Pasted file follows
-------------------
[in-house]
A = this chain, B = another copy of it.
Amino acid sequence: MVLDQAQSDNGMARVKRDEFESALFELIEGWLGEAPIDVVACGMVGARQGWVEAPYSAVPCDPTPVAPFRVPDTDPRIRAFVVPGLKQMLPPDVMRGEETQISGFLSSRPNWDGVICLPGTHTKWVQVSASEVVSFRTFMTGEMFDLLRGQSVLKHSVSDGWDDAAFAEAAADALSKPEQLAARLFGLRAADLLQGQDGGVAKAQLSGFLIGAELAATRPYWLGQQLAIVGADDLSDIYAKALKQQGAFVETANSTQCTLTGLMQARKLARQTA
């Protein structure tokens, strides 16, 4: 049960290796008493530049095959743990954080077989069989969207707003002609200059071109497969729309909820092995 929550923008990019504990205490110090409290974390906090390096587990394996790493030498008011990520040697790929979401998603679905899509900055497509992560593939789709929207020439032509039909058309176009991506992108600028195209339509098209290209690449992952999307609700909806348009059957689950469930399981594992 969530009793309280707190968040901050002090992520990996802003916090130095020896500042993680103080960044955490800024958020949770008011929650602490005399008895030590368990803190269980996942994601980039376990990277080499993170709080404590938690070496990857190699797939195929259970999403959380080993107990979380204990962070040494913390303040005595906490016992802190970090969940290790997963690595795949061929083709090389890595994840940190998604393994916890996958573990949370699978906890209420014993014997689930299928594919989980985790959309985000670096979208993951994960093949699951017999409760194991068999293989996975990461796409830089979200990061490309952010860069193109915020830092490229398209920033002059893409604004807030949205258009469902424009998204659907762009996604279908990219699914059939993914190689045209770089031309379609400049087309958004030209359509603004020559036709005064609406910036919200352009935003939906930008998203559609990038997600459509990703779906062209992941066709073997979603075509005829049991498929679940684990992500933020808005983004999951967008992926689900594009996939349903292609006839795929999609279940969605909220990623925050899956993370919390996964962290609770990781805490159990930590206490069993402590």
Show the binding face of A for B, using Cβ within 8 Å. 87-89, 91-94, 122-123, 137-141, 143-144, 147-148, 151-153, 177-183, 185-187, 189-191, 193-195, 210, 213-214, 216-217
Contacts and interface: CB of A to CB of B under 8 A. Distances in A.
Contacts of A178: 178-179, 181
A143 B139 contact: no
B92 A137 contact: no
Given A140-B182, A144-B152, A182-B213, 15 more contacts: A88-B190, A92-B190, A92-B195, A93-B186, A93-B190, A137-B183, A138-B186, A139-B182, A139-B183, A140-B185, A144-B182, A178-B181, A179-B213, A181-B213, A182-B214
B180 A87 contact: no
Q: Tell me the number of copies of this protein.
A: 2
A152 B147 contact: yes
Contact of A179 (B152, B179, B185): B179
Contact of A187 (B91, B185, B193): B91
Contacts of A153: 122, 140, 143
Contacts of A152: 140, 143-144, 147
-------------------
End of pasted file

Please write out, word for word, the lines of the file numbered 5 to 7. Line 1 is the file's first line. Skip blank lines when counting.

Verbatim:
Show the binding face of A for B, using Cβ within 8 Å. 87-89, 91-94, 122-123, 137-141, 143-144, 147-148, 151-153, 177-183, 185-187, 189-191, 193-195, 210, 213-214, 216-217
Contacts and interface: CB of A to CB of B under 8 A. Distances in A.
Contacts of A178: 178-179, 181